“How can one feed these people with bread here in this desolate place?” Mark 8:4
Imagine it. You’re looking out over a crowd of four thousand people—as far as your eye can see. They haven’t eaten in three days, and neither have you. Oh, and you’re out in the middle of nowhere in the first century. As powerful as the teaching has been over the past three days, you know there’s about to be a problem. That’s when that dreaded question comes to mind: “How?”
It’s human reasoning to look at the circumstances, assess the situation, and come to a conclusion. You can’t blame the disciples, can you? It would be totally understandable if it weren’t for one little reality… they were with Jesus, and He had just performed a similar miracle of even greater magnitude just days before this. In a few moments, He would do it again—feed a crowd of thousands by multiplying the contents of a single, small lunch.
We’ve all found ourselves in these moments in our lives. Maybe the circumstances were a little different—the job was lost, the money dried up, the person left, the diagnosis came in—but we look at the circumstances, assess the situation, and come to that same dreaded conclusion… “How?” Whether we will readily admit it or not, we look at God’s potential through the lens of our circumstances rather than our circumstances through the lens of God’s potential.
I think what Jesus is patiently and graciously teaching his disciples (and us) is this: It’s not about the how. It’s about the who. The process by which God accomplishes His will in our lives and in the world will often be a mystery to our finite minds. In the middle of their helplessness, Jesus shows His disciples His miraculous potential. What they had seen wasn’t the result of the right place and the right time. It wasn’t by coincidence or the byproduct of having the right combination of circumstances. This miracle happened because Jesus holds all the power and provision of Heaven. The ocean-parting, slave-delivering God they worship and read about is the same God standing before them, breaking bread for the crowds. They still didn’t fully grasp or understand who Jesus was and, as a result, failed to recognize all He was capable of doing.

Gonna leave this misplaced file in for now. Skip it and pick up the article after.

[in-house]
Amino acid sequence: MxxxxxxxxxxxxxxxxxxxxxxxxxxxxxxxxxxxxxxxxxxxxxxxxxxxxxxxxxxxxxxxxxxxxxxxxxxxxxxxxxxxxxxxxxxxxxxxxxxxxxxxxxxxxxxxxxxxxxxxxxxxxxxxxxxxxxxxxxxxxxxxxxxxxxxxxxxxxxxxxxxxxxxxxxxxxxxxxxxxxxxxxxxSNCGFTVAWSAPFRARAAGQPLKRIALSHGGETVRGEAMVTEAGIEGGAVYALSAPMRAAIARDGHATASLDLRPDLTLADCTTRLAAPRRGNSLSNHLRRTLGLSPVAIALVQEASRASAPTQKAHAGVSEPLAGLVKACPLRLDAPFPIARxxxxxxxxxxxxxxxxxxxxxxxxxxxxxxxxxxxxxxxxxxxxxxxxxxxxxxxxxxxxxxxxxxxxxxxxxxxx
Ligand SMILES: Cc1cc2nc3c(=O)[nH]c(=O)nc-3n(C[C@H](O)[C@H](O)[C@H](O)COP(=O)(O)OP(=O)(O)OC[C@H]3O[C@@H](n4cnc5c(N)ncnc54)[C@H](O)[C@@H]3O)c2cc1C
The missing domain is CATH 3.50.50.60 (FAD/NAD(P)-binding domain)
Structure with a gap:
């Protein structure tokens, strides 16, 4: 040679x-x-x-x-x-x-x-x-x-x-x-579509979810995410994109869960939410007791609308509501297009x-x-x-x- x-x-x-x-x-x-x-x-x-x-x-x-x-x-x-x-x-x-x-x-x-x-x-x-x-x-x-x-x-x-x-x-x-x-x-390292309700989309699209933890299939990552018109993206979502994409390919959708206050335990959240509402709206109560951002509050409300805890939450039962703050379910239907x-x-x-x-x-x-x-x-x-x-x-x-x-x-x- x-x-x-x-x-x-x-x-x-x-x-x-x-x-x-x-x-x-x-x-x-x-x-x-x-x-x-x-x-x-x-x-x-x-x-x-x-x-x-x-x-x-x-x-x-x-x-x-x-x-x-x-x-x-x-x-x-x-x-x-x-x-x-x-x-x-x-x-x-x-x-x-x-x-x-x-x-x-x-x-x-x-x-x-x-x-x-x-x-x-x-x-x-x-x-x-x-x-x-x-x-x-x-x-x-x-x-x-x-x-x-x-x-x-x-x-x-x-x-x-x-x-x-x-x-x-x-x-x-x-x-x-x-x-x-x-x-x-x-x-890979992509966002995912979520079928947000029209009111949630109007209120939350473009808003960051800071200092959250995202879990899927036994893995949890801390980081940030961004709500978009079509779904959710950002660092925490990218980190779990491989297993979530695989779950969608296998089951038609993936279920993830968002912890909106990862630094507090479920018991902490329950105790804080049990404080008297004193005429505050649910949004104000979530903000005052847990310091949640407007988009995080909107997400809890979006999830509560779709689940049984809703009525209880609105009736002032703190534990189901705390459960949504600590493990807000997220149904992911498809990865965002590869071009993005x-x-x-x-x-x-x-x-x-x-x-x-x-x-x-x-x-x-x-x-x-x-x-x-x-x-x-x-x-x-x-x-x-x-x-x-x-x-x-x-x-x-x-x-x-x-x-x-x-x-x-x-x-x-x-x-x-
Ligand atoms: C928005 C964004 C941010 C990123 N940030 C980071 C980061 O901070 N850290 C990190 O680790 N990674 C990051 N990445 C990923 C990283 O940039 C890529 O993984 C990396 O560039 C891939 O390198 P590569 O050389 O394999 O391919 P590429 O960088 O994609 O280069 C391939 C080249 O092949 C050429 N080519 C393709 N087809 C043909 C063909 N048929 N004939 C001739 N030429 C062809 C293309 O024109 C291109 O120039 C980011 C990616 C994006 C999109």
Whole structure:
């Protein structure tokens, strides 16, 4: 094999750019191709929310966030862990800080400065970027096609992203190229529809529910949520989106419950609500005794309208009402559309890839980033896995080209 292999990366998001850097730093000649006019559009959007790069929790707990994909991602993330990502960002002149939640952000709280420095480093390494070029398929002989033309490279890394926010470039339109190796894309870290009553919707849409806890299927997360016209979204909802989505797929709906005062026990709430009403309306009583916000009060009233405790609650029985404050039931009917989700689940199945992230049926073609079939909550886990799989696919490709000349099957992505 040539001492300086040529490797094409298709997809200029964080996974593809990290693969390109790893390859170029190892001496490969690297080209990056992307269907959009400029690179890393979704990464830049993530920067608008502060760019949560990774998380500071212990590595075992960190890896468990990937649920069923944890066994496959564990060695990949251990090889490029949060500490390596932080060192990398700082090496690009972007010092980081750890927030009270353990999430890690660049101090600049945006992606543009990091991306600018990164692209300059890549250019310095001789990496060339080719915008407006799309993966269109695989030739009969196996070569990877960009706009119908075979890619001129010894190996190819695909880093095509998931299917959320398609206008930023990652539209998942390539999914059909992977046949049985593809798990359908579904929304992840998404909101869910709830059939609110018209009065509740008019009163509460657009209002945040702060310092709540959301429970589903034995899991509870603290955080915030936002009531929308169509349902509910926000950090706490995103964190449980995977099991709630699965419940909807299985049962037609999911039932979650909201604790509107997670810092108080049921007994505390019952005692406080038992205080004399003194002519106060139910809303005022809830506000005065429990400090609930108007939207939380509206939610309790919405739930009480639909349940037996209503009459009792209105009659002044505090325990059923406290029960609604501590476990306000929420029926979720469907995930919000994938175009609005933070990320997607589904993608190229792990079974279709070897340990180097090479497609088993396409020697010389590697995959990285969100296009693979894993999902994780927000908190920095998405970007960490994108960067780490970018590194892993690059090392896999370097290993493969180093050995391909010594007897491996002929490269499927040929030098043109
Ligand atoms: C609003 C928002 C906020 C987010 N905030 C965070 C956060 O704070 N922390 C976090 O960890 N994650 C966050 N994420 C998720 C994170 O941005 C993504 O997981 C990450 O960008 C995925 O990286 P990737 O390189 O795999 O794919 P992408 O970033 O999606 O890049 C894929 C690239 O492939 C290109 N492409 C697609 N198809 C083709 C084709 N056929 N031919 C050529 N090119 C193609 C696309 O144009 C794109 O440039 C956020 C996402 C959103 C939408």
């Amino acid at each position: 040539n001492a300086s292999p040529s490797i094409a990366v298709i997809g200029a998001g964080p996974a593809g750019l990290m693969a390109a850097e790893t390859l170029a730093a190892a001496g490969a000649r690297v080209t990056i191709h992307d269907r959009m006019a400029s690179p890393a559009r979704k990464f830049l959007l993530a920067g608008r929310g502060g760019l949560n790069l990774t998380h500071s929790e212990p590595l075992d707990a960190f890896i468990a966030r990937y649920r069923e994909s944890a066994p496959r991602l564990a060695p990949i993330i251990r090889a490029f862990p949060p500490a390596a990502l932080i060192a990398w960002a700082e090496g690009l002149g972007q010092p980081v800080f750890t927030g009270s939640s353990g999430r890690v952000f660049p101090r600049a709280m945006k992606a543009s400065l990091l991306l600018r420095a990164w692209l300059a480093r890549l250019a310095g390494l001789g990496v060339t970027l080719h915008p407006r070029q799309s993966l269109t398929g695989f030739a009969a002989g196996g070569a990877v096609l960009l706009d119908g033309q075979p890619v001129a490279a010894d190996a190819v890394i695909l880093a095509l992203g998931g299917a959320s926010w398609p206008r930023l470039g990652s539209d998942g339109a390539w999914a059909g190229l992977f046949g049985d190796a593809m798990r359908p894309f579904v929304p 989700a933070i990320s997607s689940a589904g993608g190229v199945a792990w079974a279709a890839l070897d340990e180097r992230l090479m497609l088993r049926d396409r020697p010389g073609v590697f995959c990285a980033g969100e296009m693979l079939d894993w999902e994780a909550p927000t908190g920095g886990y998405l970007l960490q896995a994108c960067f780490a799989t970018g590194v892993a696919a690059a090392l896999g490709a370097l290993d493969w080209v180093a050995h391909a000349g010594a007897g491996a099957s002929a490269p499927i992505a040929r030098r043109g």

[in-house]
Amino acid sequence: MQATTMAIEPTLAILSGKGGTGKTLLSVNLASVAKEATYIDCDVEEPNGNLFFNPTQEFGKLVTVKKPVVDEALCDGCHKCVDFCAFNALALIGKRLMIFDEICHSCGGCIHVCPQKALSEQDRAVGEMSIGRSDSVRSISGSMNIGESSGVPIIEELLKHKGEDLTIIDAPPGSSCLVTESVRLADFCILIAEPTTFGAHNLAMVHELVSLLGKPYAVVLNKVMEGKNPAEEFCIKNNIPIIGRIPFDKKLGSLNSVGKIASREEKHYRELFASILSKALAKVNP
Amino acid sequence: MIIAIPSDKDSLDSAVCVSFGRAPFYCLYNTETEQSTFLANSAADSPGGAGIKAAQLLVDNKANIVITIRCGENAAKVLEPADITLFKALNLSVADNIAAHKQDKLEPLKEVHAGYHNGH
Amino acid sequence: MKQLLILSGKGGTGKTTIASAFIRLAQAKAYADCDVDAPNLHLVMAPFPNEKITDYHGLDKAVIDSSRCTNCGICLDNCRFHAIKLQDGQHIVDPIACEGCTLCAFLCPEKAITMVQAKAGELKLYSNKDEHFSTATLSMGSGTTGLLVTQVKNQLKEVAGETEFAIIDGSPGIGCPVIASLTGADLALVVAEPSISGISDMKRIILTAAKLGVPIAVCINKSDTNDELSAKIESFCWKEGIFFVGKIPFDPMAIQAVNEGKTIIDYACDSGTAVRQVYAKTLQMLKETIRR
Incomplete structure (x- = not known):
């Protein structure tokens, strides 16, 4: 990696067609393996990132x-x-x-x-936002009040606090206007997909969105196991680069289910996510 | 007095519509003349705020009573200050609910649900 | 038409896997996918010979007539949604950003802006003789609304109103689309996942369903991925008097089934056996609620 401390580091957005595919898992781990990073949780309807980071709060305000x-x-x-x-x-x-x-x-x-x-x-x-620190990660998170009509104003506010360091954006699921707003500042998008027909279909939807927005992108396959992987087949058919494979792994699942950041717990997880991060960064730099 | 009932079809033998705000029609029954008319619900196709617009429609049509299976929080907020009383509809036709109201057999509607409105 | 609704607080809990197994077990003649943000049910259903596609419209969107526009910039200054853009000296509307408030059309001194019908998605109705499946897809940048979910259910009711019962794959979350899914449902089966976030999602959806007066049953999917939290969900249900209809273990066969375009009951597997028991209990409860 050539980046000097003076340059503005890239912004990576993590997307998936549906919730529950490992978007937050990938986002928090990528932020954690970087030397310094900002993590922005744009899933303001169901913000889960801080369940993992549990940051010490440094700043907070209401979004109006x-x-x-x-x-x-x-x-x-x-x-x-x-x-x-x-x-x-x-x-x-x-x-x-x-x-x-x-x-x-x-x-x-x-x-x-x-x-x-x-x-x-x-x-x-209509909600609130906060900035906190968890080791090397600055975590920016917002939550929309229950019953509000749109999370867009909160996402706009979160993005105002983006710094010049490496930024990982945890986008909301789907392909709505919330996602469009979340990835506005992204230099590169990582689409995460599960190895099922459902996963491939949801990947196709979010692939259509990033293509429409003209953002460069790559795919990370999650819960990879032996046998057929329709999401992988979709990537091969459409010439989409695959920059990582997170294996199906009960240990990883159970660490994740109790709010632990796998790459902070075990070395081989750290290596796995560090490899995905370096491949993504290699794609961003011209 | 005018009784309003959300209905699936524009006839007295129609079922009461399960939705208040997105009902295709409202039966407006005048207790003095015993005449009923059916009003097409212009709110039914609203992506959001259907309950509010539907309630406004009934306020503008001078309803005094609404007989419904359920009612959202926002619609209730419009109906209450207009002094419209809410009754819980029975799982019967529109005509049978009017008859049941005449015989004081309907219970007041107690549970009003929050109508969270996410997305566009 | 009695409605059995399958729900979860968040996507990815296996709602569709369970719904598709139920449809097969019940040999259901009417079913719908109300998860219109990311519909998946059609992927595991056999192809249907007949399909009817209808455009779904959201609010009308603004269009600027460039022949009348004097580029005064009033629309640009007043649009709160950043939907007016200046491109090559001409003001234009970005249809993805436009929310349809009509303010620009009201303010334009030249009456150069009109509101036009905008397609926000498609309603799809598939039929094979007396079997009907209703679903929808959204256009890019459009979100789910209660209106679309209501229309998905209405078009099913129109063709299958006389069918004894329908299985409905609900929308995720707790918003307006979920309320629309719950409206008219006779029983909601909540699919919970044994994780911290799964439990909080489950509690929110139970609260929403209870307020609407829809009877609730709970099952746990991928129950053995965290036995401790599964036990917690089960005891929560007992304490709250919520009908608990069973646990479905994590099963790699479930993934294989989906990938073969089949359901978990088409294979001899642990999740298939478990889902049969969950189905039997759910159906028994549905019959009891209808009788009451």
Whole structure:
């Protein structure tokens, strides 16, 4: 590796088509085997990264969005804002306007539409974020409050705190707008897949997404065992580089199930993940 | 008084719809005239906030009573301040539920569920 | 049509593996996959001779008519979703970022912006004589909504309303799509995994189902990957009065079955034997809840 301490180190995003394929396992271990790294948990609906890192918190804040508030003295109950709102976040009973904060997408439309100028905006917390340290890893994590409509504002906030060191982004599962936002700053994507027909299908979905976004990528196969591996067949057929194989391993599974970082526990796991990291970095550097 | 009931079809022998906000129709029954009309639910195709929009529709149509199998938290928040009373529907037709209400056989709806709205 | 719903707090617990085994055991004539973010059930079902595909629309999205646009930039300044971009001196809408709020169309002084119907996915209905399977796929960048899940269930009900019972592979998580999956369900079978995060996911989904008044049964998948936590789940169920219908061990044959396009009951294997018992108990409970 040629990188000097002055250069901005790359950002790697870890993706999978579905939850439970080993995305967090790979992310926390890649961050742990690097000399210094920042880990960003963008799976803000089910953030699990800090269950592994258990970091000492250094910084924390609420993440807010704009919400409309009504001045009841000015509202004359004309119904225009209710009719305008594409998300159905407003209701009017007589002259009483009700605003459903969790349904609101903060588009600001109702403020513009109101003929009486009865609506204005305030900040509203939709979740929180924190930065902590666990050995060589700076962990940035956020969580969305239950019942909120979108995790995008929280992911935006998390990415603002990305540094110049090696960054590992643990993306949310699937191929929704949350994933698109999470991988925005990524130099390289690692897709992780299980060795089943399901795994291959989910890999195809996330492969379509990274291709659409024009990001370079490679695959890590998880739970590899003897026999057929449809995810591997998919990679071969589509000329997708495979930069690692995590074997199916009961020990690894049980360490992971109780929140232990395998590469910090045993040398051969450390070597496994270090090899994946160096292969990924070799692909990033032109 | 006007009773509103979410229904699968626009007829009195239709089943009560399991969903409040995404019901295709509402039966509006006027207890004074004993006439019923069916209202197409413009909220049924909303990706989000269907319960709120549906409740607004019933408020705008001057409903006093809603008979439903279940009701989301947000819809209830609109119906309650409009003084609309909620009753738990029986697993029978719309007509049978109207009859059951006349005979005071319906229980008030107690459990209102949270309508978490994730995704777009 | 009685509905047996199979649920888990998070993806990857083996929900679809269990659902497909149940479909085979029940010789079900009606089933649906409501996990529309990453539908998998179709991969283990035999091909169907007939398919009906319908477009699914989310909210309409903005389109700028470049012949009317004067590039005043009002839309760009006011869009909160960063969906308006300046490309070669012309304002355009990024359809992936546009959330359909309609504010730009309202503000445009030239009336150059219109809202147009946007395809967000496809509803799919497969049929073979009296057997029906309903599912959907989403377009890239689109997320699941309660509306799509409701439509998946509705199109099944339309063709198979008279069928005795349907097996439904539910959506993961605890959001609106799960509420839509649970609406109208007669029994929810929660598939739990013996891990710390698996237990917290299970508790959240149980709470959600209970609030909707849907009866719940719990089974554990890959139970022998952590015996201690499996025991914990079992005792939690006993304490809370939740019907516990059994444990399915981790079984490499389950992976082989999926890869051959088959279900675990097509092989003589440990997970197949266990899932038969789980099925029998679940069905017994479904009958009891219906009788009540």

I think that’s the reason an older Peter—one of the forgetful disciples present in this story—spoke of his role and responsibility as a Pastor and Leader very simply: “I consider it right, as long as I am in this earthly dwelling, to stir you up by way of reminder” (2 Pt. 1:13). Why? Because Peter knew firsthand how easily we forget. We need to be stirred up to remember who Jesus is and what He’s done so that we may view our present and future circumstances in light of His past faithfulness and eternal character. It’s not about the how… It’s about the who, and He never changes (Heb. 13:8). You can rest knowing that the same God who used a Lunchable to feed thousands can redeem your circumstances and use them for your good and His glory.
Personal Prayer Focus
Let’s focus our prayer today on remembering the times God showed up big. When he provided in an impossible situation. When the numbers didn’t add up in the bank account, but He made a way. Remember and thank Him. Ask your heavenly Father to help you remember and count on WHO he is when you face a need instead of panicking over how that need will be met.
WRC Prayer Focus
As our 21 days of prayer come to a close, let’s focus our prayer today on the persecuted Church around the world. Pray for brothers and sisters in Christ who are suffering for their commitment to Jesus, and ask the Lord to increase their faith, encourage them, protect them and give them supernatural strength, boldness, and courage to endure.